Although I still haven't found a single coin or lost dollar bill during the deconstruction of the Stude, I am uncovering some interesting things. I knew that the color of the top was a little bit too light but wasn't quite sure how light. After removing the "Studebaker" script from just above the beltline on the C-pillar, I discovered this:
I didn't spend a good deal of time cleaning this up since it is going to be blasted away soon--I just wiped it clear of several years of gunk with a damp rag. But here you see 4 colors: a baby (or sky) blue (with a little bit of haze from waxing) followed by Studebaker Maui Blue, transitioning to Studebaker Ivory Mist and then a off-white/bone color. While both the sky blue and the off-white color are faded a little, I've polished up a few areas to remove the oxidation and the colors remain close to what you see here in the picture.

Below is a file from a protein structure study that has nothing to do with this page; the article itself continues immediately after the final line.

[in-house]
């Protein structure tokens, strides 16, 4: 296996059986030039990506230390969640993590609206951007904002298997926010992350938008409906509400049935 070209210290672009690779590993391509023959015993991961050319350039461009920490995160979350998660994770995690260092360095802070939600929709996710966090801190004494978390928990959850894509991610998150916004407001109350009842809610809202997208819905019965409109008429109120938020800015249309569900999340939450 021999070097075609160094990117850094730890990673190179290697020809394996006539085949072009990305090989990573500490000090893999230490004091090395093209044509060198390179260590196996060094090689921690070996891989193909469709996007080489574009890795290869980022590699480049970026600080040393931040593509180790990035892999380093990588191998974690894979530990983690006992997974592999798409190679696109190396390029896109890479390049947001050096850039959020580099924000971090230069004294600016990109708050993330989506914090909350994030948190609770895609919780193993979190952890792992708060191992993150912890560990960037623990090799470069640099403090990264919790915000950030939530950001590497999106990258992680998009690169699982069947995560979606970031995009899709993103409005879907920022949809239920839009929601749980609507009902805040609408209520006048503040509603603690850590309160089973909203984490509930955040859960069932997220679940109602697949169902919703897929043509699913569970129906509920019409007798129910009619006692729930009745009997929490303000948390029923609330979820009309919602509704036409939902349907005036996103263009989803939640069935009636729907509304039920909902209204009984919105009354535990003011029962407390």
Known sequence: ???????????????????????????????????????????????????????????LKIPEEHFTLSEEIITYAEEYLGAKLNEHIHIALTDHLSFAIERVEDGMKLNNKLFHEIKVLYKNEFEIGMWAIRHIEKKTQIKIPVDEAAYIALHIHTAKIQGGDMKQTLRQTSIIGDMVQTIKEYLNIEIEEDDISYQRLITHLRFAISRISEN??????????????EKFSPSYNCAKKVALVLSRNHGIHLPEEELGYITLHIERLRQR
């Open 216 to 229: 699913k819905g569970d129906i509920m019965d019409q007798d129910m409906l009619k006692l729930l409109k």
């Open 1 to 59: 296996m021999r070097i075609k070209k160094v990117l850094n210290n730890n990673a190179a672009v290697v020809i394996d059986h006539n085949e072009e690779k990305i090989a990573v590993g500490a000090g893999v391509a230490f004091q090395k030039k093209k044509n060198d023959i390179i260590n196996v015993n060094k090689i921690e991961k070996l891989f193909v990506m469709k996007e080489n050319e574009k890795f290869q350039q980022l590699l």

How did this happen? Well, someone could have picked different colors, of course, but I have a different idea. You'll recall that the quality of the paint on the car is, uh, let's say inexpensive--I'm thinking it is a typical Earl Scheib or Maaco bargain job. And going into one of those places and simply asking for Maui Blue over Ivory Mist may have gotten you entirely different colors from what Studebaker used. For example, take a look at this GM color called Maui Blue:
While we're talking about paint, I also discovered that the car has been painted at least 3 times--possibly more if someone took the car down to bare metal before then--but I suspect not. Each time it appears that people made an attempt to return it to the original color.
More details on the great Stude tear down of 2011 soon. . .stay tuned!